said the US should only take action inside Pakistan if the government there was
unable, or unwilling, to do so, Republican Senator John McCain was more
conciliatory, recommending that the US use soft language with Pakistan, but
carry a big stick.
This presidential posturing suggests that the focus of war in South Asia will
eventually shift to Pakistan from Afghanistan and that before launching any
final strategy, Pakistan's leaders must make adequate arrangements.
The main American asset in the North-West Frontier Province is Asfanyar Wali
Khan, the leader of the Awami National Party which governs the province.
Asfanyar has made Islamabad his home after a failed suicide attack on his life
last week in his town. He is not the only one taking security precautions.
Official premises in the present "Red Zone" - the president's quarters, prime
minister's house, parliament, supreme court and the diplomatic enclave - are to
be secured in a highly protected "Green City". This new complex will reportedly
be separated from the rest of Islamabad by an enormous wall.
All this is in preparation for Pakistan's emergence as the main theater of the
"war on terror". This comes as the long winter begins and war goes cold in
The war in Pakistan
The recent thread of events seems to start from a huge training program which
the US has called an essential component in fighting the militancy in Pakistan.
US Admiral Mike Mullen told the Los Angeles Times that American forces have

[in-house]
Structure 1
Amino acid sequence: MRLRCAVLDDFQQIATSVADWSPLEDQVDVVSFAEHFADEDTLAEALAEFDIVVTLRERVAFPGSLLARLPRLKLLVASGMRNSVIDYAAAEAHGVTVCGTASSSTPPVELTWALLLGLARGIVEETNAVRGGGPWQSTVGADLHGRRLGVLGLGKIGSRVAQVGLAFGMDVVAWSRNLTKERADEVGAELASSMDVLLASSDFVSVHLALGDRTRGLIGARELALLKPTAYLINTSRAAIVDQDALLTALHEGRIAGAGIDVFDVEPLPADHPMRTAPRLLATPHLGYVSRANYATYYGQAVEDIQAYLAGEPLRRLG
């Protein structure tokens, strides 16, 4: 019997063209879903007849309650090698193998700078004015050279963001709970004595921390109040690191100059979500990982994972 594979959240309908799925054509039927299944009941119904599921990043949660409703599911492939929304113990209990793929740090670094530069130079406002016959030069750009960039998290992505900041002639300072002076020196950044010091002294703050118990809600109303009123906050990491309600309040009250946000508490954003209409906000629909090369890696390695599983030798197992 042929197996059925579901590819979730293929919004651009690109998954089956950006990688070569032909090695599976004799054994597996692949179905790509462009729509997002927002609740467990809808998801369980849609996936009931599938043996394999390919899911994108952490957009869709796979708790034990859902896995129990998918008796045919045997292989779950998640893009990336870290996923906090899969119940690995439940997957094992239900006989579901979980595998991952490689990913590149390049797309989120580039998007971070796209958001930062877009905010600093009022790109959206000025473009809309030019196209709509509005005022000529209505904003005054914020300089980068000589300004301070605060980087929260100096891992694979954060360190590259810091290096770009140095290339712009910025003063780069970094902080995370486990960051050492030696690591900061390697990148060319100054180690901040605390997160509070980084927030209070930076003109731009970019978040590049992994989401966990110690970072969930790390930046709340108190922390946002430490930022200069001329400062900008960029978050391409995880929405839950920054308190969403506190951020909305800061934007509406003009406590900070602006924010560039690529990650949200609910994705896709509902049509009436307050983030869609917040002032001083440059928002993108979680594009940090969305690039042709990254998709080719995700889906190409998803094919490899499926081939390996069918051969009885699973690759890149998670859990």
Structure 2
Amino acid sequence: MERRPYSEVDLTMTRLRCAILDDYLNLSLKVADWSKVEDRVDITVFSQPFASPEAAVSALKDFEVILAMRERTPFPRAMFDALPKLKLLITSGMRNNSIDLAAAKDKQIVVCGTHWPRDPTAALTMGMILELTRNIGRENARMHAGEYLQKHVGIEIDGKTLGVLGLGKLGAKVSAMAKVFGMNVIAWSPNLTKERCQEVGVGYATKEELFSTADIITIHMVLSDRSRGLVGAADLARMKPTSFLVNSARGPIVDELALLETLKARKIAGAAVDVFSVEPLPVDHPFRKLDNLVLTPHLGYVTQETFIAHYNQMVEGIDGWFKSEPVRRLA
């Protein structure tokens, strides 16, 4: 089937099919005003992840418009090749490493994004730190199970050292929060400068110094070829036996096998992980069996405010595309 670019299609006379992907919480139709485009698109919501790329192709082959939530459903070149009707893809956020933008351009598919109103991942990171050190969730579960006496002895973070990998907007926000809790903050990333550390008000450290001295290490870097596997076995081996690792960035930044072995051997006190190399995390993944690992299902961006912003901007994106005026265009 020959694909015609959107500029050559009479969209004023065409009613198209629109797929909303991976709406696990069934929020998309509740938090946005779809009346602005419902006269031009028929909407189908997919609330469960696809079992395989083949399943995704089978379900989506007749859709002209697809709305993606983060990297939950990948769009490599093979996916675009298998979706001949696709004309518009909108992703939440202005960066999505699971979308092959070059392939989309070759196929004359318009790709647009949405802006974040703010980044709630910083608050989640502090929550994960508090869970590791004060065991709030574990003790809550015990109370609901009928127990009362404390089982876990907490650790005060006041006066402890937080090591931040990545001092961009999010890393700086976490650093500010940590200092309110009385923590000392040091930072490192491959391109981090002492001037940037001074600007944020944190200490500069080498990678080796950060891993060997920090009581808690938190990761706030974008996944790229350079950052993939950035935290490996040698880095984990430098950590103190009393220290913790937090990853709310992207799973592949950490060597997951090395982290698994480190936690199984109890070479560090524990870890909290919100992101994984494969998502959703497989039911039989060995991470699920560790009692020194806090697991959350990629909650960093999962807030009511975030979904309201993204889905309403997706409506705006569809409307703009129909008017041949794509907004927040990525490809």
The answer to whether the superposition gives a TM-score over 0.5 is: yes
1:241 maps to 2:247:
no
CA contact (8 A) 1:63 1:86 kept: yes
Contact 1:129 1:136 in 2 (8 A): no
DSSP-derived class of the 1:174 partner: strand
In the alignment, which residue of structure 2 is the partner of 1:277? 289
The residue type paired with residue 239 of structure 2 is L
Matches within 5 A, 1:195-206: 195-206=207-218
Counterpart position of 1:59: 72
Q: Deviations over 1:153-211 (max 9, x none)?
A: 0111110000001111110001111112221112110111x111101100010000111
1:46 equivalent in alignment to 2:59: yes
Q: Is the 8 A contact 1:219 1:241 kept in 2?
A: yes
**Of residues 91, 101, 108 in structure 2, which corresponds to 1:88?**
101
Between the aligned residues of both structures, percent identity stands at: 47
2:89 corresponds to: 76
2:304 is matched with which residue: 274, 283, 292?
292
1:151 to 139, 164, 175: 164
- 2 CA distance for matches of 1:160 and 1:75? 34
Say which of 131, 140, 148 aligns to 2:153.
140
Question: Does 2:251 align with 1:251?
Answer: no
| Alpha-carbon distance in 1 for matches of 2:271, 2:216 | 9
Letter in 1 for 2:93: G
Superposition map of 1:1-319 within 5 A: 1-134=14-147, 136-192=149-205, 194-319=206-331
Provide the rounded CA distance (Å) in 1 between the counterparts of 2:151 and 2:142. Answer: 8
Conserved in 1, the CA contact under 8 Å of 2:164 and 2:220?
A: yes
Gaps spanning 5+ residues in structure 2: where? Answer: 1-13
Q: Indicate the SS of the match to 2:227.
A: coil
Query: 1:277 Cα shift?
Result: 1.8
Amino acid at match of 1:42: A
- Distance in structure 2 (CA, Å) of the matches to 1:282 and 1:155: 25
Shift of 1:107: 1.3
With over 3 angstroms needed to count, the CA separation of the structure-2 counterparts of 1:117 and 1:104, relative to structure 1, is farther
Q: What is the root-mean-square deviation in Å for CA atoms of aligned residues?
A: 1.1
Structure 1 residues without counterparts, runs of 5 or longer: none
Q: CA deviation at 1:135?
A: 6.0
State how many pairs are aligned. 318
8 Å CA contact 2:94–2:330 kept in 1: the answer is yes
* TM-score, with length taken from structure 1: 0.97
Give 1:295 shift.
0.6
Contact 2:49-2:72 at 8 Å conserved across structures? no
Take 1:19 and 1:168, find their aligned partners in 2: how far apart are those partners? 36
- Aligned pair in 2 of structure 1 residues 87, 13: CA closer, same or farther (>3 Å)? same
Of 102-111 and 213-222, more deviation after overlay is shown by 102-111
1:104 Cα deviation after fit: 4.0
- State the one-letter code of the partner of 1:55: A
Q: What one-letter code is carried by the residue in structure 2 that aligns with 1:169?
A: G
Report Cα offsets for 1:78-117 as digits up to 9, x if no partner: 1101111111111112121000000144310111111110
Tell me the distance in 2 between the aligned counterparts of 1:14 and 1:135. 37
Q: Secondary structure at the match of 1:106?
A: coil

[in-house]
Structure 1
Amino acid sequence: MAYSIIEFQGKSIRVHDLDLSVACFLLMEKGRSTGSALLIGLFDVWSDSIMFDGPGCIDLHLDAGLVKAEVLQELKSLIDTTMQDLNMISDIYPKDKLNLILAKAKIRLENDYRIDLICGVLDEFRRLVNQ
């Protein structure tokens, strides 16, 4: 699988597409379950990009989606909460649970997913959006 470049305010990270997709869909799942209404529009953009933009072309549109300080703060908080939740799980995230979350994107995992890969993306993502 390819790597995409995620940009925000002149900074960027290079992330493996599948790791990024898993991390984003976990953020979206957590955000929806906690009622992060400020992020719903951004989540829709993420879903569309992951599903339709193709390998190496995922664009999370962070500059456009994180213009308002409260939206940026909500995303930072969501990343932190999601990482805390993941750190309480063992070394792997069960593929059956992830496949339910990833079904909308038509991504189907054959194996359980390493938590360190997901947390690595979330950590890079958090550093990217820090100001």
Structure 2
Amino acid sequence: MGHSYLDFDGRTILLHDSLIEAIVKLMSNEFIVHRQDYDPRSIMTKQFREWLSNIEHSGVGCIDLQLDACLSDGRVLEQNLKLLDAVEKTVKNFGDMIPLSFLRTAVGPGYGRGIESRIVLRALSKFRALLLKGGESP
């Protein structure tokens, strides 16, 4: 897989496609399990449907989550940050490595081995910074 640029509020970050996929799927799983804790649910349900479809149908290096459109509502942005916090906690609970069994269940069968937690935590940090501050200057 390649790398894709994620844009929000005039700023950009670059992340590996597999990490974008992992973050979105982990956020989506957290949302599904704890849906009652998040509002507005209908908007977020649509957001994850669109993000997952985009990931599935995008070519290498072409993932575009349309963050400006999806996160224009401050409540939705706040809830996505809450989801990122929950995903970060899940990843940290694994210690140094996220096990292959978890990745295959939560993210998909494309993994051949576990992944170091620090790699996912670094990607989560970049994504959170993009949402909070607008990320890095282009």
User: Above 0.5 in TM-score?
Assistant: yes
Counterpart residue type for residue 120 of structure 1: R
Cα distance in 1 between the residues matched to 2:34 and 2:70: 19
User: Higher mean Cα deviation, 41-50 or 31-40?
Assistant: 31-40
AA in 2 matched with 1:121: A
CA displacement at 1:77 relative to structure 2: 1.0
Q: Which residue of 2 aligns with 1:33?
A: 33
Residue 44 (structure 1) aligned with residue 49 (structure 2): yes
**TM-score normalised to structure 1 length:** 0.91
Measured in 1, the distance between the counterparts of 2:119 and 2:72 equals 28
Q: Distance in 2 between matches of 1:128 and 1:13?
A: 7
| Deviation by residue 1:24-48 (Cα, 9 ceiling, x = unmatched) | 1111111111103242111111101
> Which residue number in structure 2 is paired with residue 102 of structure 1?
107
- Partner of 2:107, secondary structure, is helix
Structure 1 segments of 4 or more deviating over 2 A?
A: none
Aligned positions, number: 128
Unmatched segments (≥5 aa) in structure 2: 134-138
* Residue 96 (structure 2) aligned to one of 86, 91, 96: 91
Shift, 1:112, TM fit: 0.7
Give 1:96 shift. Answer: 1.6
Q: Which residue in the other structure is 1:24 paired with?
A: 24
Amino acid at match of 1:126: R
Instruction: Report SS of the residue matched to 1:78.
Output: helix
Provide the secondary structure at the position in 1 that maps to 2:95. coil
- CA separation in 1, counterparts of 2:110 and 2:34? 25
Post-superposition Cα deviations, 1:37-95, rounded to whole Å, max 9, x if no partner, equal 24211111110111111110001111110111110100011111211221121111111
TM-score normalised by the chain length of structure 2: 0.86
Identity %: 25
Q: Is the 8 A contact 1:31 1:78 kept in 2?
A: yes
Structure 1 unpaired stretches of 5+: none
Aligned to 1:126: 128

secured bases north of Islamabad to train Pakistani soldiers. However, sources
have told Asia Times Online that the situation on the ground reveals much more
than a training program.
Hasanpur, a small town situated along the Ghazi Brotha Canal six kilometers
from Tarbella Ghazi, is the center of activity. Sources in Pakistani security
agencies told Asia Times Online that the airstrip in Hasanpur has been upgraded
to war readiness in the last few weeks and new hangars have been built for
military aircraft. Underground shelters, bunkers and tunnels have also been
constructed. Following the arrival of American "training advisory groups",
British military personnel were flown in and have reportedly taken over
management of the facility.
Sources claim that the logistical capabilities of the US and British personnel,
and extraordinary measures they have taken to upgrade the airstrip, suggest
something far more advanced than a simple training site.
The security sources also maintain that new installations in the Hasanpur
mountains are geared for direct participation in military operations. At the
least, they are said to be capable of conducting independent drone operations
from the high-altitude Hasanpur area.
As earlier reported, (See
The gloves are off in Pakistan, Asia Times Online, September 23, 2008),
US preparations are also underway at Tarbella, the brigade headquarters of
Pakistan's Special Operation Task Force approximately 20km from Islamabad. In
September, 300 American officials landed at this facility, with the official
designation as a "training advisory group", according to documents viewed by
Asia Times Online.
The report was widely reproduced in the Pakistani press and discussed in
parliamentary committees. The main concern of the parliamentarians was that US